Tag Archives: UNL

The University of Nebraska–Lincoln is part of a new Lincoln-based ecosystem selected to join a global movement devoted to dramatically improving how students learn.

 The Lincoln STEM Ecosystem was announced April 3 as one of the latest to join the STEM Learning Ecosystems Community of Practice.

 STEM Learning Ecosystems build meaningful regional connections among educators, business and industry partners, and after-school and summer programs to prepare students for the opportunities and challenges of the future. Each ecosystem connects to counterparts from across the country and world, enabling the exchange of best practices, information and resource-sharing.

 Admittance into the STEM Learning Ecosystems Community of Practice is highly competitive, with just 85 total ecosystems across the globe. The College of Agricultural Sciences and Natural Resources and College of Engineering are both represented within the Lincoln STEM Ecosystem.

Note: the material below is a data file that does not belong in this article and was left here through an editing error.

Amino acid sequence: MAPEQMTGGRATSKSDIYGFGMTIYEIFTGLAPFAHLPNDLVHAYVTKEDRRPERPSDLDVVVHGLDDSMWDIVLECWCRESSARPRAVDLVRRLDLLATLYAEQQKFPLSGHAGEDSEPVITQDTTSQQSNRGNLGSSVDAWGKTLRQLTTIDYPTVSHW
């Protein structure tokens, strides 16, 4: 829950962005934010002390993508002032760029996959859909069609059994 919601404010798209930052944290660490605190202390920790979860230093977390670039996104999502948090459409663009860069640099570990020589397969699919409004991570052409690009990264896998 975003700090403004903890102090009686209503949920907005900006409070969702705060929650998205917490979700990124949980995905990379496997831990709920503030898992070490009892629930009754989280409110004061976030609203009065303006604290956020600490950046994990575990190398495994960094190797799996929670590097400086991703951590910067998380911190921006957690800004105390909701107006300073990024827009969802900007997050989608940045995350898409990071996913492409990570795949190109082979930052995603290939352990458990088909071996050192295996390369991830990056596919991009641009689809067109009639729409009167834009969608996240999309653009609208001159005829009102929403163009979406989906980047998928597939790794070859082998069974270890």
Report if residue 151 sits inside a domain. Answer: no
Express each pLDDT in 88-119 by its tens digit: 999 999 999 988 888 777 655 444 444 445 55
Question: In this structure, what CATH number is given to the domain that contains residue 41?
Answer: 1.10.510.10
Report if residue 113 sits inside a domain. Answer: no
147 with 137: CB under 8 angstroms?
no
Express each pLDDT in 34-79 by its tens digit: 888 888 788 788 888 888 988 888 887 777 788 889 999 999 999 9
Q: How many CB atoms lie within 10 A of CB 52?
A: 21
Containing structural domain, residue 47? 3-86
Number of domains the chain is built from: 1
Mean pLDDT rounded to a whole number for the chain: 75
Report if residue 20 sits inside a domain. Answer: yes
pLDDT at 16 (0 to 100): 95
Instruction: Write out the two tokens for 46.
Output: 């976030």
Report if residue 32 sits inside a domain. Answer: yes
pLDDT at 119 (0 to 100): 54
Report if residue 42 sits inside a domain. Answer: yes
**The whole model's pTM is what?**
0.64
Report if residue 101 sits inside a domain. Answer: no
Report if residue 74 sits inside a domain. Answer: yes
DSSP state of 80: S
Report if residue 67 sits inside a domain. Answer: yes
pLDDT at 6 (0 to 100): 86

“Addressing the complex challenges society will face in the future will require the combined efforts of great minds from different backgrounds,” said Tiffany Heng-Moss, a founding member for the ecosystem. “Through partnerships with those within the Lincoln STEM Ecosystem, we can identify ways that we, as a community, can foster positive STEM interactions for youth in Lincoln and beyond.”

 Sally Wei, education and outreach coordinator in the College of Engineering, is also a founding member.

 Forming STEM ecosystems was listed as the No. 1 priority for STEM education in a December 2018 report by the Federal Office of Science and Technology Policy.

 “The ecosystems that we selected now have pulled together diverse partners who no longer accept the status quo in education; they want to see all students access high-quality STEM education that will prepare them for life and work in the next century,” said Jan Morrison, president and founding partner of TIES, the organization that operates the STEM Learning Ecosystems Community of Practice.

 James Blake, a K-12 science curriculum specialist for Lincoln Public Schools and co-director of the Lincoln STEM Ecosystem, said Lincoln is making great strides to offer recommended rich, meaningful STEM education and experiences to youth in the community.